Priority ratings can also be used in support of other homeland security programs. For example, FEMA determined that U.S. Customs and Border Protection (CBP) can use priority-rated contracts to support timely maintenance and upgrade of its P-3 Orion aircraft fleet. These planes are used primarily in the interdiction of drugs and other contraband destined for the United States, but are also used to support anti-terrorism and border protection missions. In another case, the priorities authority was used to ensure timely completion of perimeter security measures at the Boston airport and its seaports. The use of priority-rated contracts was needed to ensure timely delivery of high-tech camera equipment needed for these projects.

Within the past year, FEMA has also determined that various emergency preparedness and continuity of operations activities of the Architect of the Capitol (AOC) are in support of the national defense. This includes such AOC activities as providing and maintaining physical security and surveillance; electronic surveillance, detection and warning systems; fire alarm and suppression systems; life safety equipment; hazardous material protective equipment; hazardous material response equipment; and shelter-in-place equipment. It also includes efforts to establish and maintain redundancy for critical information and communications systems.

In addition to the U.S. Army Corps of Engineers and the Architect of the Capitol, several other Government agencies have been authorized by DOC to use priority-rated contracts in recent years to support specific homeland security activities after FEMA has made a determination that the activity was in support of the national defense.

For example, the National Nuclear Security Administration in the Department of Energy has used priorities authority to support several of its programs. It was used in support of the Second Line of Defense Program, the purpose of which is to strengthen the capability of international partners to deter, detect and interdict illicit trafficking in nuclear and other radioactive materials across international borders and through the global maritime shipping system. It was also used in support of the Nuclear Counterterrorism Incident Response program, which promotes first responder and law enforcement capabilities to respond to and mitigate nuclear and radiological incidents in the United States and worldwide.

In 2009, FEMA determined that the Department of Health and Human Services (HHS) program to combat the H1N1 influenza was eligible for priorities support. This program involved procurement of vaccines and anti-viral drugs and the development, manufacture, and supply of other medical countermeasures approved, licensed, or cleared by the Food and Drug Administration, such as biologics, equipment and devices.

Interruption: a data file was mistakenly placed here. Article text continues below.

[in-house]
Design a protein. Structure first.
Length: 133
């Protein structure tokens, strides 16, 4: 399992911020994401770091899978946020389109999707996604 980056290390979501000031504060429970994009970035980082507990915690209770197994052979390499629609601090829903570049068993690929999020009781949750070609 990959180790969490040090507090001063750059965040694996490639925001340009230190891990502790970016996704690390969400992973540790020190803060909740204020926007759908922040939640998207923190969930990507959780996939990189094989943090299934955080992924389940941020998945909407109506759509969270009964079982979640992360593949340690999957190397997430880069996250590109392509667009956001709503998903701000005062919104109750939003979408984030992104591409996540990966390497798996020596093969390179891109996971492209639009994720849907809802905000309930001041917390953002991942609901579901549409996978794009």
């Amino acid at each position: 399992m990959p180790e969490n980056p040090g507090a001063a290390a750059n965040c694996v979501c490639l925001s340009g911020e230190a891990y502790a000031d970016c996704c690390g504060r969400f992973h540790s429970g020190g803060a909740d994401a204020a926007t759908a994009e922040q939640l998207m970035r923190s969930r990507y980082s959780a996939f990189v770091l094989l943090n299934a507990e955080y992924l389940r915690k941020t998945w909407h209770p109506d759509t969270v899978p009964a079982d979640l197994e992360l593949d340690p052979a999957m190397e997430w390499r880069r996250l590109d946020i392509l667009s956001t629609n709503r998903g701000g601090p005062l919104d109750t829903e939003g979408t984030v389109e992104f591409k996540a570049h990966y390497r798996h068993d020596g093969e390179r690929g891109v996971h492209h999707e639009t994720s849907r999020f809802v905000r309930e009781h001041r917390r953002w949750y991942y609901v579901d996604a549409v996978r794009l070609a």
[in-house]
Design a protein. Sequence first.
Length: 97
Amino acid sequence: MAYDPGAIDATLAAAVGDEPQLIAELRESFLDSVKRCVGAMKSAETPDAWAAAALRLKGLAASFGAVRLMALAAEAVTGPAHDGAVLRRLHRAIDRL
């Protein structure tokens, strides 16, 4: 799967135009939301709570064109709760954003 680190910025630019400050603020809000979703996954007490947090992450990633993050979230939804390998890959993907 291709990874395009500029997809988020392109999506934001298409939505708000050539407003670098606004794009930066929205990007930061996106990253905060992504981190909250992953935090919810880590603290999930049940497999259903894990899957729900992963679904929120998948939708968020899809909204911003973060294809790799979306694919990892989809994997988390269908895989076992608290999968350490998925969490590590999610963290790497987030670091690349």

Based upon FEMA determinations of eligibility, priorities authority is also being used in support of the State Department’s Domestic Facilities and Personnel Protection Program, which provides for the security of domestic State Department facilities, U.S. Government personnel located in those facilities and foreign dignitaries visiting the United States.

Use of Title VII Authorities

Title VII contains a number of authorities – some permanent and some that will terminate in September 2014—if not reauthorized. One permanent section of the law—section 708—authorizes establishment of voluntary agreements. The purpose of a voluntary agreement is to allow cooperation among business competitors to expedite or expand the supply of critical materials or services by planning and coordinating actions in support of the national defense including Government emergency preparedness and response activities. Participants in a voluntary agreement are granted relief from antitrust laws under the provisions of section 708.

Another section of Title VII—section 722 of the DPA—establishes the Defense Production Act Committee to advise the President on the effective use of DPA authority. Section 722 provides that the Committee membership shall include the head of each Federal agency to which the President has delegated DPA authority. The Committee is chaired on an annual rotating basis by the Departments of Homeland Security and Defense. The Committee has established several working groups to study DPA and defense industrial base issues.

Reauthorization of Expiring Provisions

Along with other responsibilities to coordinate federal emergency preparedness and response activities, FEMA provides government-wide coordination and guidance for use of DPA authorities on behalf of the Secretary of Homeland Security, pursuant to Executive Order 13603. FEMA works with all relevant Federal agencies to ensure effective use and proper implementation of the DPA, to include awareness of the ability to incorporate the DPA in planning for emergencies.

Without renewal of expiring provisions of the DPA, a critical statutory authority to ensure timely procurement of materials and services to protect and restore critical infrastructure operations – whether they are key transportation capabilities, floodwalls, or levees – would be lost. Without the DPA, DHS and other Federal agencies would have no authority to prioritize contracts for resources needed for emergency preparedness, for critical infrastructure restoration or protection, or for lessening the risks associated with a terrorist attack. In closing, I urge that Congress reauthorize the DPA authorities that remain critical to our national defense.

Thank you, Chairman Johnson, for the opportunity to appear before you today, and I would be pleased to answer any questions you or other members of the Committee may have.

Review Date: 
July 15, 2013